RUSSIA: 2013 Opportunities in the Helicopter Market

Despite stable and positive growth dynamics in global markets, Russian Helicopters Holding has not sufficiently diversified its model range towards more light and medium helicopters. According to 2009 market data, the domestic Russian market is dominated by 70% heavy helicopters, 22% medium and 8% light helicopters. As newly developed and tested Russian light and medium helicopters are not yet in serial production, opportunities are available for suppliers of Western made helicopters. Russian helicopter operators are actively buying Eurocopter, Augusta Westland, Bell and Robinson. Sikorsky Aircraft has shown interest towards entry into the Russian market, but their market niche is still to be determined. The total domestic market for both Russian and Western rotorcraft, according to the private company Neftegaz-Leasing, is estimated at $3.37 billion.

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RUSSIA: 2013 Opportunities in the Commercial Aircraft Market

Despite Russia’s ambitious aviation development program, the industry is not able to deliver civilian aircraft in the required quantities to meet growing air traffic demand. The production of new civil aircraft in recent years has not exceeded 7-9 units per year, while pre-existing Soviet aircraft have become too inefficient to operate in terms of fuel efficiency and flight safety. Many airlines have embarked on comprehensive aircraft replacement programs. Major international manufacturers - Boeing, Airbus, Bombardier and Embraer – are currently filling this niche. The predominance of Western aircraft fleets in Russia also provides impetus for the growth of related aviation segments including air components, spare parts, MRO operations and airport ground support equipment, representing additional business opportunities for U.S. suppliers.

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FRANCE: 2012 Defense Business Overview

France is characterized by an extremely sophisticated and competitive defense industry, which includes global players such as Thales, EADS, Dassault, the Safran Group, DCNS and Nexter. Politically, France and the U.S. are long-standing, close allies. Despite occasional differences of views, the U.S. and France work together on a broad range of trade, security and geopolitical issues. Under President Sarkozy’s leadership in 2009, France made the decision to rejoin NATO’s military command, once again becoming a fully integrated member of the Alliance.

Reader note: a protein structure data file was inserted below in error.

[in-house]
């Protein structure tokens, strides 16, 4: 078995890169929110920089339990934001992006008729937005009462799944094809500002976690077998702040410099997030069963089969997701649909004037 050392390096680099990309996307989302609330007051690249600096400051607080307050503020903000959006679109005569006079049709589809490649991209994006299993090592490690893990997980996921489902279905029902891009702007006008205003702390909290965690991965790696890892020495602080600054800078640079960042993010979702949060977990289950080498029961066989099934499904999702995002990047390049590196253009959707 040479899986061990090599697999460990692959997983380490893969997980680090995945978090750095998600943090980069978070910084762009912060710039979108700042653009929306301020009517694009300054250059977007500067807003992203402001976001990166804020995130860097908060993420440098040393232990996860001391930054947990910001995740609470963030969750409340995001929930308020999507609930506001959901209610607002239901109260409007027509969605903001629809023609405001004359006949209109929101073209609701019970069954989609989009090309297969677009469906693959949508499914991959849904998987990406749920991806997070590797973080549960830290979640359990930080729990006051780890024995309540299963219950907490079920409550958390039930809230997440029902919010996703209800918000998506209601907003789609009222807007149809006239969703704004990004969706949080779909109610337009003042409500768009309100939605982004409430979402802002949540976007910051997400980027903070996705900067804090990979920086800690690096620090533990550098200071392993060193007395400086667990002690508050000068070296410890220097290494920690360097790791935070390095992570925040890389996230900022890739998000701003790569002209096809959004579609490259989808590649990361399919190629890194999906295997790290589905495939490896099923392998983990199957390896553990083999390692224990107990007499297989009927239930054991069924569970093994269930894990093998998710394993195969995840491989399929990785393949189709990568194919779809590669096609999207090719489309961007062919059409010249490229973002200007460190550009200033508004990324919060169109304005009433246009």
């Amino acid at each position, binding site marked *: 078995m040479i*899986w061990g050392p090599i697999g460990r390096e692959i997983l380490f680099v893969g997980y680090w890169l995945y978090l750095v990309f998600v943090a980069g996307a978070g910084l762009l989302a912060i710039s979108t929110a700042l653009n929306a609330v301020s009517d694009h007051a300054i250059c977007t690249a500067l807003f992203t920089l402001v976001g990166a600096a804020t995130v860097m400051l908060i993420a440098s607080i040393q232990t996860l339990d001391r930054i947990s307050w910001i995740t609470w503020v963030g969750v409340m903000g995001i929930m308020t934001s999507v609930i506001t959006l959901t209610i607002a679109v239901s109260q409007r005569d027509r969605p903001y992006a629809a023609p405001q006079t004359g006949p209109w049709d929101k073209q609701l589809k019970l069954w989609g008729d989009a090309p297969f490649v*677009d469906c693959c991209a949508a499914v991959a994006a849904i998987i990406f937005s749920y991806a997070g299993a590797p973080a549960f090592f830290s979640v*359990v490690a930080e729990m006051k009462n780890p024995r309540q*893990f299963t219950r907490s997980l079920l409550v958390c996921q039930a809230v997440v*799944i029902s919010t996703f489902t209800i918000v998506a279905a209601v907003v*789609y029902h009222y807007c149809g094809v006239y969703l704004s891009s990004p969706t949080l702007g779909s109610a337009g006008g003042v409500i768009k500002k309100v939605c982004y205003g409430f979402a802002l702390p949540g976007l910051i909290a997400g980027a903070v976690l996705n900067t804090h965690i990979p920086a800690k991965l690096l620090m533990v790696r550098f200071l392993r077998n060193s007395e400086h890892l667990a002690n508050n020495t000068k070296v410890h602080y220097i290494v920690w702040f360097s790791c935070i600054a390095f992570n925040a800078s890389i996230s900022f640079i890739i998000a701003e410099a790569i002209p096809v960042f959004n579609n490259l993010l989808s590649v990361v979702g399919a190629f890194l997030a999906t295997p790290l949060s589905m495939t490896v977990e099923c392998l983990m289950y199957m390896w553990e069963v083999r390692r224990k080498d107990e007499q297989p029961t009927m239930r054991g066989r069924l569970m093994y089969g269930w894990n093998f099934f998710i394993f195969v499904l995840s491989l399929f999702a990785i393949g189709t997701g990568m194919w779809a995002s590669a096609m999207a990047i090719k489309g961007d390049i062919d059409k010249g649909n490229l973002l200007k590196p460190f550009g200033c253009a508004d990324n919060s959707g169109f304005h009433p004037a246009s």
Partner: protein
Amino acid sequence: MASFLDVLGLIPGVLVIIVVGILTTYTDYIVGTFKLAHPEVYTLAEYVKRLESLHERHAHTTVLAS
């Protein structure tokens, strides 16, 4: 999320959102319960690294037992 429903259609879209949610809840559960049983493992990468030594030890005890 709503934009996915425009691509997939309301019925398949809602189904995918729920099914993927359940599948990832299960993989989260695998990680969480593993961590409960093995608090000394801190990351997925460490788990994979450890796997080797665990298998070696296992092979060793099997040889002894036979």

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Aerospace and Aviation: A Top Export Prospect for Canada

Canada has the world’s fifth largest aerospace market. In 2011, Canada generated roughly $22 billion in revenues, over 80% of which were from Quebec and Ontario. Canada is home to large OEMS such as Bombardier, Pratt & Whitney Canada, Rolls Royce Canada, Bell Helicopter Textron Canada, Boeing Canada, CAE and L-3. Approximately 83 percent of the industry is in civil aircraft manufacturing, while 17 percent is in military aircraft manufacturing. Over 80% of production is exported; over 50% of imports are from the United States.

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European Union: Defense Procurement Directive (Updated 2012)

The time has come when ministries of defense were purchasing defense equipment according to their own national rules to an end. The new law, the “EU Defence Procurement Directive”, governs the procurement procedures for defense and non-military security supply, services and works contracts. This law is applicable in all EU Member States. EU Directive 2009/81/EC must be transposed in each Member State’s body of legislation by August 2011. The aim of this Directive is to harmonize acquisition procedures throughout the EU: first by increasing competition and encouraging cross-border bidding among European bidders, so as to prevent systematic sole-source procurement or non-competitive procurement from national suppliers; second, by increasing transparency through the obligation to advertise defense contracts in the EU Official Journal. Various contract performance conditions will make indirect offsets in defense contracts illegal (see our separate report on: “EU Policy on Offsets”).

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Military Equipment: A Top Export Prospect for Colombia

Colombia’s internal and external defense and security structure includes the Army, Navy (Marines and Coast Guard), Air Force, and the National Police. Real military spending increased from USD 2.6 billion in 2001 to USD 9 billion in 2009. On average, the total military spending is 5 percent of Colombia’s total GDP. Under Plan Colombia, significant U.S. funding, technical assistance, and equipment support has been provided to Colombian-led counter narcotic programs for drug eradication and interdiction, and expansion of the capacity of Colombian military and police. The current format of Plan Colombia is due to expire in 2012, with the consequent nationalization of military programs by the Colombian government. Significant cuts on spending and a shift to mainly drug eradication are expected. However, the Colombian government will intensify military actions and spending to fight narco terrorism, and insure security gains through its police force, especially to develop security surveillance and enforcement in remote and isolated regions of the country.

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